We Value Your Privacy

We and our partners use technology such as cookies on our site to personalise content and ads, provide social media features, and analyse our traffic. Click below to consent to the use of this technology across the web. You can change your mind and change your consent choices at anytime by returning to this site.

Update Consent
Loading ...

How to word a commemorative plaque

A commemorative plaque is used to record the words of a group or family in memory of a person or event. The most common type of commemorative plaque is the memorial plaque, which is dedicated to a person who died. Beyond that, there are plaques to remember events, such as the founding of an institution, the ground-breaking for a building or the creation of an event. The wording of a commemorative plaque will last for years, if not centuries, so carefully selecting the wording is important not only to you, but for posterity.

Loading ...
  1. Select an appropriate opening. Memorial plaques will usually start with "In Memory" or "In Loving Memory," though other phrases like "Dedicated To" or "In Honor Of" are also good. General commemorative plaques are more flexible, but will usually start with something to the effect of "Commemorating," "Honoring" or "In This Place" for location-specific events.

  2. Record the essential details of the commemoration. For people, include the full name, birth date, death date (if applicable), and optionally hometown, education and family names. For events or locations, include the data relevant to the plaque installation, for example, the date of a significant battle, the location of an historic event or the ground-breaking for an important building.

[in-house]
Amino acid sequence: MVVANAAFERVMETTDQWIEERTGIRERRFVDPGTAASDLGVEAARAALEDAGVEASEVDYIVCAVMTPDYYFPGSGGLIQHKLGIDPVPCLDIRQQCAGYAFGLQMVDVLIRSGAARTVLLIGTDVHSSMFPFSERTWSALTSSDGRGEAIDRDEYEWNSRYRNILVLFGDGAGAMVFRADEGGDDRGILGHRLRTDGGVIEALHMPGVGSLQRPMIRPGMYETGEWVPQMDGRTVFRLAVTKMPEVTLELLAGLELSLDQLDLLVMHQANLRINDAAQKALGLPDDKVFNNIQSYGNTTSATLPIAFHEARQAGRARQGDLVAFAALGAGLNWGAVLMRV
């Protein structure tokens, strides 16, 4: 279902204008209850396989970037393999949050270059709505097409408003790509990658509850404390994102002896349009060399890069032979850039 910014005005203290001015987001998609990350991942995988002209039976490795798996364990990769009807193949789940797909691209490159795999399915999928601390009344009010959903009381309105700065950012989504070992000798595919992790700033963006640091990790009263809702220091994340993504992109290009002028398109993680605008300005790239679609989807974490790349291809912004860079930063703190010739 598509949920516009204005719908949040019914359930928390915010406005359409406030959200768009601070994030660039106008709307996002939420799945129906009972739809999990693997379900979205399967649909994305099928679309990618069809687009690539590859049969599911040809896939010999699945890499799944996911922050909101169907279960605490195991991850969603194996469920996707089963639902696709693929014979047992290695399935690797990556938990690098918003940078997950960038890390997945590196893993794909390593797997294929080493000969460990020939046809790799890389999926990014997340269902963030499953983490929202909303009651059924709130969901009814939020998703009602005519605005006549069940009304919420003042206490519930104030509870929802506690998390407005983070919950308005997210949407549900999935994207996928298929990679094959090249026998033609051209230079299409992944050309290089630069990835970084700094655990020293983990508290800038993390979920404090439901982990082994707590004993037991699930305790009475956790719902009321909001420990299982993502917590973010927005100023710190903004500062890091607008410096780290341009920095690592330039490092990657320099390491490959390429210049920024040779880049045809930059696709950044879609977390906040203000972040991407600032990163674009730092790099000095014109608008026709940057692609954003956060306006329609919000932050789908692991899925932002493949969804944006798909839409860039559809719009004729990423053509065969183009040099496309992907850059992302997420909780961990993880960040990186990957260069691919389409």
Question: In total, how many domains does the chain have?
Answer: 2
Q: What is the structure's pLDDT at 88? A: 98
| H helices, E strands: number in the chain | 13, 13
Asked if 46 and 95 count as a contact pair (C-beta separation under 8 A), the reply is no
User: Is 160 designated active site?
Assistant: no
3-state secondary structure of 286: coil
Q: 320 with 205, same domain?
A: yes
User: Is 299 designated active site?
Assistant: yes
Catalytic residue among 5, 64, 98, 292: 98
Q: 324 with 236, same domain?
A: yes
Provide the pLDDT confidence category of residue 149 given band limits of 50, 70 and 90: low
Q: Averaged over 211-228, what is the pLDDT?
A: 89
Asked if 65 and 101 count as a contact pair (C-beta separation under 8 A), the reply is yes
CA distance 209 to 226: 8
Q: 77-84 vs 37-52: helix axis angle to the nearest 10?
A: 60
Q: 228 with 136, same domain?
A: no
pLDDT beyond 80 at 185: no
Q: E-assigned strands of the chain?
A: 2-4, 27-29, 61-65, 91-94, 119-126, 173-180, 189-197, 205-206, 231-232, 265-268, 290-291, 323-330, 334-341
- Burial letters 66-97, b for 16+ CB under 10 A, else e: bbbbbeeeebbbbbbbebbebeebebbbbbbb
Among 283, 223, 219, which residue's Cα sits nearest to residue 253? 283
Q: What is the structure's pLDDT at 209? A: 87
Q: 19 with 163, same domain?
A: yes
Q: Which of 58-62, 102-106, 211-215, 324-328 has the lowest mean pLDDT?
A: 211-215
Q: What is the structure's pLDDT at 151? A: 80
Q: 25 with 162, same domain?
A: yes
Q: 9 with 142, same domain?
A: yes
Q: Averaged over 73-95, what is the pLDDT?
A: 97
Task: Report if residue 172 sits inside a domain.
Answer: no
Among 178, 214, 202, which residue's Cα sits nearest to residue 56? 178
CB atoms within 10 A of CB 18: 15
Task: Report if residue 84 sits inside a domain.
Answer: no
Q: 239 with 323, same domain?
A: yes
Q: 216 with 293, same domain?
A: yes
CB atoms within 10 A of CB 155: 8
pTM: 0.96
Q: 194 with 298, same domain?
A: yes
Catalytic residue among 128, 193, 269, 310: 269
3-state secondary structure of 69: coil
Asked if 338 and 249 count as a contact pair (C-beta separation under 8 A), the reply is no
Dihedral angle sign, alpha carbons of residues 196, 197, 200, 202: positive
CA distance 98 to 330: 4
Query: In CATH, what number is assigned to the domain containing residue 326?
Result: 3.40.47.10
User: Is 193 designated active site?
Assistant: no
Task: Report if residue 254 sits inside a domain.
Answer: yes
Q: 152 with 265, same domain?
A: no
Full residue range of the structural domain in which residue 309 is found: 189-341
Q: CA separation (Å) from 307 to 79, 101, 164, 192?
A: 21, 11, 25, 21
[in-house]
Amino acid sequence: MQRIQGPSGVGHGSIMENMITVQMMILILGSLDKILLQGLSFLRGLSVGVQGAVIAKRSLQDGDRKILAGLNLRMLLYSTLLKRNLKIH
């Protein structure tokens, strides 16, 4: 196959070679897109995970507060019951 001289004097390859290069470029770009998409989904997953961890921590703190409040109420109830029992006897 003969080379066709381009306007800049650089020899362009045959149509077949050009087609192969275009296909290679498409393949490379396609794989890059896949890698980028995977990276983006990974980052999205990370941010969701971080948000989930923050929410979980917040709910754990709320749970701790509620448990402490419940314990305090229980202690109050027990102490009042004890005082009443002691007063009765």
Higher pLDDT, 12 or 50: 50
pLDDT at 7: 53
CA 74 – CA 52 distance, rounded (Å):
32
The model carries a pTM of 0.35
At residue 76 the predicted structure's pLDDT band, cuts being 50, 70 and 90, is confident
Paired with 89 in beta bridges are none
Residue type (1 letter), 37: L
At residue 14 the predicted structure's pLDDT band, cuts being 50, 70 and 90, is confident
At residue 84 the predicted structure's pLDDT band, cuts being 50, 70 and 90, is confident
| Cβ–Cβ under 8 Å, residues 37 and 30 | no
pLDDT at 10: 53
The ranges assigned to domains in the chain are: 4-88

3. Specify the reason for commemoration. Use formal style (e.g., no contractions, complete sentences) to match the tone of the honour intended with the plaque. Include favourite quotes, family thoughts, a brief description of historical significance or the connection between the event and the location. Consider the amount of space you have available and what you want to say on the plaque. Generally, a plaque should contain no more than four or five sentences, though larger plaques can have more words. Make sure the size of the font will be readable.

Loading ...

About the Author

James T Wood is a teacher, blogger and author. Since 2009 he has published two books and numerous articles, both online and in print. His work experience has spanned the computer world, from sales and support to training and repair. He is also an accomplished public speaker and PowerPoint presenter.

Loading ...